Should people suffering from psychiatric conditions, such as severe, prolonged depression, that have not responded to treatment, be eligible for physician-assisted death? Most jurisdictions that allow PAD do not permit it for psychiatric conditions. However, though rare, it is allowed in Belgium and the Netherlands. Some regard the expansion to psychiatric conditions as evidence of an inevitable slippery slope and a reason why PAD should not be legalized at all. Others think that while PAD should be limited to terminal, physical illness, a slippery slope to other conditions is not inevitable. And still others think that there is a case for inclusion of some psychiatric conditions.
I will argue that the case for absolute exclusion of psychiatric conditions has not been made. It may be justified, in some cases and under certain conditions. Assisted death should always be a last resort, whether the condition prompting the request is physical illness or psychiatric condition.
One reason that has been given for why PAD should not be available to psychiatric patients is that this conflicts with role of psychiatrists. However, the same could be said about PAD for physical illness. Some opponents of PAD argue that physicians should be healers, not killers. Therefore, it seems that reflection on the role of psychiatrists cannot be used specifically to rule out PAD for psychiatric conditions.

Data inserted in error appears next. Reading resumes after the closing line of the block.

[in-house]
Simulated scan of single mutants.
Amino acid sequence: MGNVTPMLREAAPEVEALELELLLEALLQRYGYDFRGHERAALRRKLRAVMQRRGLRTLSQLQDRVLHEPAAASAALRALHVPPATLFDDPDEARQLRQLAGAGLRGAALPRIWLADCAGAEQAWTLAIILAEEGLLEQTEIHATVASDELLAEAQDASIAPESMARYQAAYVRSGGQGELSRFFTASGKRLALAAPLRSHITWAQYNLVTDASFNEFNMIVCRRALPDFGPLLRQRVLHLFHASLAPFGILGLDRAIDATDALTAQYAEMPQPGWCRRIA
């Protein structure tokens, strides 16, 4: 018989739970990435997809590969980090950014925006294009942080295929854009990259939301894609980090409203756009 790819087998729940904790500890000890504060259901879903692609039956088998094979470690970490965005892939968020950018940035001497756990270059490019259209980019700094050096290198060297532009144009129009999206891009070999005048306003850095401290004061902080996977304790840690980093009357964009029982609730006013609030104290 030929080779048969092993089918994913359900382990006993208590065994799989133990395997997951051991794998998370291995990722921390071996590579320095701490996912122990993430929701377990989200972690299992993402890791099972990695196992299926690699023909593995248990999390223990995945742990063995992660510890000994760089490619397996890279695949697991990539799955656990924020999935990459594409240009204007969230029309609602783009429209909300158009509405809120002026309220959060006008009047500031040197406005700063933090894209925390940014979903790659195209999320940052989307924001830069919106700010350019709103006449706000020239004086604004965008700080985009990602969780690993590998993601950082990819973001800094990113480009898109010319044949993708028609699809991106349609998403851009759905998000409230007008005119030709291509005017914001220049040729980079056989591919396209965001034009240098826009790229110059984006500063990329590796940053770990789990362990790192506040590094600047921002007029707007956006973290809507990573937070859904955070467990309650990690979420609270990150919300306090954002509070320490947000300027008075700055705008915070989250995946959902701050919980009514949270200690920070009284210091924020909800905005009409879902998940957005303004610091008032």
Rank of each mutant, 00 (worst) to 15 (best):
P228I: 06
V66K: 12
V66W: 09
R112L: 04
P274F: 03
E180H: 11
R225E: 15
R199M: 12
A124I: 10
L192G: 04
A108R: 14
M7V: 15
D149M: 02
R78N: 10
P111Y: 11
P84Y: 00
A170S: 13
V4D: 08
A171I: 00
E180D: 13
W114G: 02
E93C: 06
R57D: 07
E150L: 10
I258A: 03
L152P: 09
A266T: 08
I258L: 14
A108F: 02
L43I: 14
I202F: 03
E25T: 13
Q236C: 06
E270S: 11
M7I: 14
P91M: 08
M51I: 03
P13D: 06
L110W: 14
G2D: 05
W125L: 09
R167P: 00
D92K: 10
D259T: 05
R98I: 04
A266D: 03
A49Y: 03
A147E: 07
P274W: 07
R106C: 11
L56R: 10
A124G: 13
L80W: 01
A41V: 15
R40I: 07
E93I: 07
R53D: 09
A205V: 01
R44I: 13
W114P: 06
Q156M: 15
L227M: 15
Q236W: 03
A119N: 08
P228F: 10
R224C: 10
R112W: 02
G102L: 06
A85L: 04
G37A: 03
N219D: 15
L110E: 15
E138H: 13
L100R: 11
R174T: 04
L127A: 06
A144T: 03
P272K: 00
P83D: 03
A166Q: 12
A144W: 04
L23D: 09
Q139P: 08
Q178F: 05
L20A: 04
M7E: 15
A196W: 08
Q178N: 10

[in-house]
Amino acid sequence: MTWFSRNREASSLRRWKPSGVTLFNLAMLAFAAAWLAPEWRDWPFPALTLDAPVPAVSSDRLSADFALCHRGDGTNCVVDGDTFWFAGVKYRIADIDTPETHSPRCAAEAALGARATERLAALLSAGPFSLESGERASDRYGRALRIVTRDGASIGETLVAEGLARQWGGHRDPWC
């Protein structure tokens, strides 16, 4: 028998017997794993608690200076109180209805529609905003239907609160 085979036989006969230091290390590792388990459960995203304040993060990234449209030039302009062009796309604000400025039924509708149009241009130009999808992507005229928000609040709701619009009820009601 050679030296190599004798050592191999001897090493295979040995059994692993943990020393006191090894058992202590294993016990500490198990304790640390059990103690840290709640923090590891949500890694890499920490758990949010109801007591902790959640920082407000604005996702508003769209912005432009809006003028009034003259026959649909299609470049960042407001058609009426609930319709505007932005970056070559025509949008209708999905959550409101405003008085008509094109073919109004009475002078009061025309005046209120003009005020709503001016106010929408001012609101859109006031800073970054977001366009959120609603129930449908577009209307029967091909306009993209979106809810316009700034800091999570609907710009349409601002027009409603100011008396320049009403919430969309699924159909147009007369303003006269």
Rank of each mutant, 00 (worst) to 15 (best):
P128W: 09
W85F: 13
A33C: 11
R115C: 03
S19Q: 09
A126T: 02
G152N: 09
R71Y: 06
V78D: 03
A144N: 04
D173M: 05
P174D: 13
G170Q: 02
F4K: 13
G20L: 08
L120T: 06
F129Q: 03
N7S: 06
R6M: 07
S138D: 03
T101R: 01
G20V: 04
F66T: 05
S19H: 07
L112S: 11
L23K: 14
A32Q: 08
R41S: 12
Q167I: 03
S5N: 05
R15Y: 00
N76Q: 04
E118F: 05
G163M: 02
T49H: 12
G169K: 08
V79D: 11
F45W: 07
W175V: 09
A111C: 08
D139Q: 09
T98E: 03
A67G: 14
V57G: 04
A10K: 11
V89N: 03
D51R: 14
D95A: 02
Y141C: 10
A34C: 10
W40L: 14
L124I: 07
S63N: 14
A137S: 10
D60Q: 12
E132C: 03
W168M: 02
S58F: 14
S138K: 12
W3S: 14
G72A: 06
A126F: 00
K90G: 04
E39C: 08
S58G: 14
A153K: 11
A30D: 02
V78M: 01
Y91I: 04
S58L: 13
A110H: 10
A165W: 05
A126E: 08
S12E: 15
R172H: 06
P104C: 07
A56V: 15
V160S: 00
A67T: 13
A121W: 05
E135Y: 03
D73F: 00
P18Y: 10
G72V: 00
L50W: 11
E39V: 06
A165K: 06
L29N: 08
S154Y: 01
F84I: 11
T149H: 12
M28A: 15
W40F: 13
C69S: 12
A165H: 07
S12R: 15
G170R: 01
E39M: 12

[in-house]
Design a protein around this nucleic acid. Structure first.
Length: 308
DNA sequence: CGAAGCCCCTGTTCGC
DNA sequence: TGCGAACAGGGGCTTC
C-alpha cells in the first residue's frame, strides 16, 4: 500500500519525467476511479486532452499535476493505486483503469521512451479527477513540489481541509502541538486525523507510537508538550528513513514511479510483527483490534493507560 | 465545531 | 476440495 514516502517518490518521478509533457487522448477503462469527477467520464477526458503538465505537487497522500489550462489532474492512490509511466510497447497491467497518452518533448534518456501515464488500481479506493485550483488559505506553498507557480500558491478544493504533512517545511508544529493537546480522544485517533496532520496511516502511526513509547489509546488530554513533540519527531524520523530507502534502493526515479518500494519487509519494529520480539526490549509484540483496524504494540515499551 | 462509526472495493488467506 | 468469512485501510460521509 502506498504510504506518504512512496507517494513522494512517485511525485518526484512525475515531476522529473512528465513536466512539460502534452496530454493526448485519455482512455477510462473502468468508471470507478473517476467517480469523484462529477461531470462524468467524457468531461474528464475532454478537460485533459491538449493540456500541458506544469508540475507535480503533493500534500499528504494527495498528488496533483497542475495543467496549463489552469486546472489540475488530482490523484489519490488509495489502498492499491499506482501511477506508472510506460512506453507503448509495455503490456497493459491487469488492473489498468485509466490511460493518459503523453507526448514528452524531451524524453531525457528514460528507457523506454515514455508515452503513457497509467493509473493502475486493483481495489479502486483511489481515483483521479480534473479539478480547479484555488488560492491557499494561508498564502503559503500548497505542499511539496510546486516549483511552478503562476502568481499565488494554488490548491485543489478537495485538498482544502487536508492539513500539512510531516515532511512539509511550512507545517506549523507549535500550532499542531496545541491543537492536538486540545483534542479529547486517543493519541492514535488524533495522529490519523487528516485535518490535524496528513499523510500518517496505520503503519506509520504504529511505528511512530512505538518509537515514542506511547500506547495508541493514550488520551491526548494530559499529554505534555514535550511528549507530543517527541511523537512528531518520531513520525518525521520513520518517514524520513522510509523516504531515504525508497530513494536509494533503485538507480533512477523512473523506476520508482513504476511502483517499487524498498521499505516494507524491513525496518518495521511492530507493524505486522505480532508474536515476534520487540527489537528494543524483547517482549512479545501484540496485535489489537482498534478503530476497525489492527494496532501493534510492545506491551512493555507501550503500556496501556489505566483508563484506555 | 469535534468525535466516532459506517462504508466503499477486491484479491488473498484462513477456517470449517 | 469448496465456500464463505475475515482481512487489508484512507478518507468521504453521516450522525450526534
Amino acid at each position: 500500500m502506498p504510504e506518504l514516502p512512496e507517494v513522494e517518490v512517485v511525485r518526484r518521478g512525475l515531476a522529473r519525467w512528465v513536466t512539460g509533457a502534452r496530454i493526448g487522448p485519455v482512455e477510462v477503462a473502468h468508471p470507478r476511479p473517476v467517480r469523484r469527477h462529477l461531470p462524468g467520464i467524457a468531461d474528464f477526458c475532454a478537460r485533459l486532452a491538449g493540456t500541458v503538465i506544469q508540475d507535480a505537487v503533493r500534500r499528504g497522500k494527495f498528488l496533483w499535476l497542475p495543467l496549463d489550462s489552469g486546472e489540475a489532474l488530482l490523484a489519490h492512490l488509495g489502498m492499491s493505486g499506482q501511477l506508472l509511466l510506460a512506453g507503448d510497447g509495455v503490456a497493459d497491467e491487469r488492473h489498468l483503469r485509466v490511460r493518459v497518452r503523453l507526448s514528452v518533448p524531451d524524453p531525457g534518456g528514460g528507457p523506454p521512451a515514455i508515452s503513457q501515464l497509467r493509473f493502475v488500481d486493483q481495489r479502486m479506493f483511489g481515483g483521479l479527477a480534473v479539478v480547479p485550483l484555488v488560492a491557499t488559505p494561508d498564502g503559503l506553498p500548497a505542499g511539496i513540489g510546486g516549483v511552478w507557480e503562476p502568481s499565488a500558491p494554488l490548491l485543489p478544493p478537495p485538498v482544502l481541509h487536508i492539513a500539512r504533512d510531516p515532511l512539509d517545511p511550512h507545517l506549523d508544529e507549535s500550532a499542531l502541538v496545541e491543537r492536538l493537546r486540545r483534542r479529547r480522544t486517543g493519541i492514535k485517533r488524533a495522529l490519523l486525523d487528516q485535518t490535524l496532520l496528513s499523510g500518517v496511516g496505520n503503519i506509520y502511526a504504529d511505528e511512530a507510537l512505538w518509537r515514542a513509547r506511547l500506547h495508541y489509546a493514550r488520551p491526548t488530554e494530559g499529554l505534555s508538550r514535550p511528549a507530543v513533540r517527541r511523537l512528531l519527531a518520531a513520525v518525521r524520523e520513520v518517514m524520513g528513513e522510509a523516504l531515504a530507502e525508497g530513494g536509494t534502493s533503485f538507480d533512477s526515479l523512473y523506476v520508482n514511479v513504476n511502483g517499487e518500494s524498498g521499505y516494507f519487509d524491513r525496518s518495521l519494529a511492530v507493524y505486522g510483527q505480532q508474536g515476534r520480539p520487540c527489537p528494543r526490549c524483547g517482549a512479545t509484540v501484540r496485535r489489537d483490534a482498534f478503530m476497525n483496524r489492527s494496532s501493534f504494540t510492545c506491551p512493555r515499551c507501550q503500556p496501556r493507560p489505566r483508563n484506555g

It should also be noted that not all physicians agree that assistance in dying is inconsistent with the physician’s role. Some maintain that if a patient is dying, and nothing can be done to reverse the dying process, then healing is no longer possible.
The views, opinions and positions expressed by these authors and blogs are theirs and do not necessarily represent that of the Bioethics Research Library and Kennedy Institute of Ethics or Georgetown University.